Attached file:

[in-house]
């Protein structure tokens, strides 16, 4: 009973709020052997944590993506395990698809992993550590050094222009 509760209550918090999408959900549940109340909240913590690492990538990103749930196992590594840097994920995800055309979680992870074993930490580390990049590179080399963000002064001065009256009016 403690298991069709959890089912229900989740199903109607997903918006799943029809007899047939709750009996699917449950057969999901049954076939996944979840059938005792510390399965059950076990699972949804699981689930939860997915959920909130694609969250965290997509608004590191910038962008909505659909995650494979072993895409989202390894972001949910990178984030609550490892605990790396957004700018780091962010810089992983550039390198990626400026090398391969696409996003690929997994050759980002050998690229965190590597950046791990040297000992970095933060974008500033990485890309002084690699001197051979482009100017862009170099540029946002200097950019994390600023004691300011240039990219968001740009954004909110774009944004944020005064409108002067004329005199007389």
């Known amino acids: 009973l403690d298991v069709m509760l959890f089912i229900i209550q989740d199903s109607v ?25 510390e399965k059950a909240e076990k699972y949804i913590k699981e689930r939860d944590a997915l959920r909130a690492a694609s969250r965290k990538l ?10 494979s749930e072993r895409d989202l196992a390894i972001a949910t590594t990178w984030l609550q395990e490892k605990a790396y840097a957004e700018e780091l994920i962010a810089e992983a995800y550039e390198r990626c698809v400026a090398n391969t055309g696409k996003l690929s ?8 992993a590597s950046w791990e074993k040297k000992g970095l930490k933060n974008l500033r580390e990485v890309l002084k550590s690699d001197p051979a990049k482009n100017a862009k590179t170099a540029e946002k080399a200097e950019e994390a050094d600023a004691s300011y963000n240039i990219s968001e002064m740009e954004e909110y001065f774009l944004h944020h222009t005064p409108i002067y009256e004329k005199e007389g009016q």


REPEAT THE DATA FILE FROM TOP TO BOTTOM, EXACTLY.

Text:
[in-house]
């Protein structure tokens, strides 16, 4: 009973709020052997944590993506395990698809992993550590050094222009 509760209550918090999408959900549940109340909240913590690492990538990103749930196992590594840097994920995800055309979680992870074993930490580390990049590179080399963000002064001065009256009016 403690298991069709959890089912229900989740199903109607997903918006799943029809007899047939709750009996699917449950057969999901049954076939996944979840059938005792510390399965059950076990699972949804699981689930939860997915959920909130694609969250965290997509608004590191910038962008909505659909995650494979072993895409989202390894972001949910990178984030609550490892605990790396957004700018780091962010810089992983550039390198990626400026090398391969696409996003690929997994050759980002050998690229965190590597950046791990040297000992970095933060974008500033990485890309002084690699001197051979482009100017862009170099540029946002200097950019994390600023004691300011240039990219968001740009954004909110774009944004944020005064409108002067004329005199007389």
């Known amino acids: 009973l403690d298991v069709m509760l959890f089912i229900i209550q989740d199903s109607v ?25 510390e399965k059950a909240e076990k699972y949804i913590k699981e689930r939860d944590a997915l959920r909130a690492a694609s969250r965290k990538l ?10 494979s749930e072993r895409d989202l196992a390894i972001a949910t590594t990178w984030l609550q395990e490892k605990a790396y840097a957004e700018e780091l994920i962010a810089e992983a995800y550039e390198r990626c698809v400026a090398n391969t055309g696409k996003l690929s ?8 992993a590597s950046w791990e074993k040297k000992g970095l930490k933060n974008l500033r580390e990485v890309l002084k550590s690699d001197p051979a990049k482009n100017a862009k590179t170099a540029e946002k080399a200097e950019e994390a050094d600023a004691s300011y963000n240039i990219s968001e002064m740009e954004e909110y001065f774009l944004h944020h222009t005064p409108i002067y009256e004329k005199e007389g009016q």